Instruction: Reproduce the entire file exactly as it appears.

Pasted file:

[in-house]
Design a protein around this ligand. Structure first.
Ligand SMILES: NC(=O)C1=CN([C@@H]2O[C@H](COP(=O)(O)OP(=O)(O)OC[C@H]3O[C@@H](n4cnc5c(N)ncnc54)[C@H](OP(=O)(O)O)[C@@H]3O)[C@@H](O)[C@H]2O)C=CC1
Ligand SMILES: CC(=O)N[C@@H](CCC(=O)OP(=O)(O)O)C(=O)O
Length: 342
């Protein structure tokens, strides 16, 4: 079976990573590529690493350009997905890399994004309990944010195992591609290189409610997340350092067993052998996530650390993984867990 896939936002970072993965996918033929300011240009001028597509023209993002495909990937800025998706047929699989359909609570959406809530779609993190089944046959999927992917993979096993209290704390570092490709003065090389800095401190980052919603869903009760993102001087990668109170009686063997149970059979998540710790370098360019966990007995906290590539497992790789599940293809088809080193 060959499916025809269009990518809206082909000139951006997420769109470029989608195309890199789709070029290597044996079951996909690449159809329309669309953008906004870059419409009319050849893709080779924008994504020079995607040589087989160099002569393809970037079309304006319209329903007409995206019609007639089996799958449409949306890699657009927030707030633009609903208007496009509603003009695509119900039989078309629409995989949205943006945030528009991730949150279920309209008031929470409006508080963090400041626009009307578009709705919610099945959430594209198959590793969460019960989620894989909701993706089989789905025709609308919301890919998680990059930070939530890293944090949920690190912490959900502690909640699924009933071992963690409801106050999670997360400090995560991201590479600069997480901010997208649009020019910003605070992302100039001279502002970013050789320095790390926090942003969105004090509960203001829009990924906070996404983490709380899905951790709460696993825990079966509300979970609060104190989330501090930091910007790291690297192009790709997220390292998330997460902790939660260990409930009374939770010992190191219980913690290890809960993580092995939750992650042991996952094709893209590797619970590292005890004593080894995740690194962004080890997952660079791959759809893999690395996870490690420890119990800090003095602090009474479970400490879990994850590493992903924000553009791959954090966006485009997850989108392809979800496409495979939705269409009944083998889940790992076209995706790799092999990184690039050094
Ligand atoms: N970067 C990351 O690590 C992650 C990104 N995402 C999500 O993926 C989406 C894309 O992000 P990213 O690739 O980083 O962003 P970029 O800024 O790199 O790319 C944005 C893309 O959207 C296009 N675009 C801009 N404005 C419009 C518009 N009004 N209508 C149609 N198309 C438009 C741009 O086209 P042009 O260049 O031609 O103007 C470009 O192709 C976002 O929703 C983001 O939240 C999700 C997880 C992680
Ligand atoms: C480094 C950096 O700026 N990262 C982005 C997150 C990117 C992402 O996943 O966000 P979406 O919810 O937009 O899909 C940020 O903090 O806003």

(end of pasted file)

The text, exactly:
[in-house]
Design a protein around this ligand. Structure first.
Ligand SMILES: NC(=O)C1=CN([C@@H]2O[C@H](COP(=O)(O)OP(=O)(O)OC[C@H]3O[C@@H](n4cnc5c(N)ncnc54)[C@H](OP(=O)(O)O)[C@@H]3O)[C@@H](O)[C@H]2O)C=CC1
Ligand SMILES: CC(=O)N[C@@H](CCC(=O)OP(=O)(O)O)C(=O)O
Length: 342
């Protein structure tokens, strides 16, 4: 079976990573590529690493350009997905890399994004309990944010195992591609290189409610997340350092067993052998996530650390993984867990 896939936002970072993965996918033929300011240009001028597509023209993002495909990937800025998706047929699989359909609570959406809530779609993190089944046959999927992917993979096993209290704390570092490709003065090389800095401190980052919603869903009760993102001087990668109170009686063997149970059979998540710790370098360019966990007995906290590539497992790789599940293809088809080193 060959499916025809269009990518809206082909000139951006997420769109470029989608195309890199789709070029290597044996079951996909690449159809329309669309953008906004870059419409009319050849893709080779924008994504020079995607040589087989160099002569393809970037079309304006319209329903007409995206019609007639089996799958449409949306890699657009927030707030633009609903208007496009509603003009695509119900039989078309629409995989949205943006945030528009991730949150279920309209008031929470409006508080963090400041626009009307578009709705919610099945959430594209198959590793969460019960989620894989909701993706089989789905025709609308919301890919998680990059930070939530890293944090949920690190912490959900502690909640699924009933071992963690409801106050999670997360400090995560991201590479600069997480901010997208649009020019910003605070992302100039001279502002970013050789320095790390926090942003969105004090509960203001829009990924906070996404983490709380899905951790709460696993825990079966509300979970609060104190989330501090930091910007790291690297192009790709997220390292998330997460902790939660260990409930009374939770010992190191219980913690290890809960993580092995939750992650042991996952094709893209590797619970590292005890004593080894995740690194962004080890997952660079791959759809893999690395996870490690420890119990800090003095602090009474479970400490879990994850590493992903924000553009791959954090966006485009997850989108392809979800496409495979939705269409009944083998889940790992076209995706790799092999990184690039050094
Ligand atoms: N970067 C990351 O690590 C992650 C990104 N995402 C999500 O993926 C989406 C894309 O992000 P990213 O690739 O980083 O962003 P970029 O800024 O790199 O790319 C944005 C893309 O959207 C296009 N675009 C801009 N404005 C419009 C518009 N009004 N209508 C149609 N198309 C438009 C741009 O086209 P042009 O260049 O031609 O103007 C470009 O192709 C976002 O929703 C983001 O939240 C999700 C997880 C992680
Ligand atoms: C480094 C950096 O700026 N990262 C982005 C997150 C990117 C992402 O996943 O966000 P979406 O919810 O937009 O899909 C940020 O903090 O806003």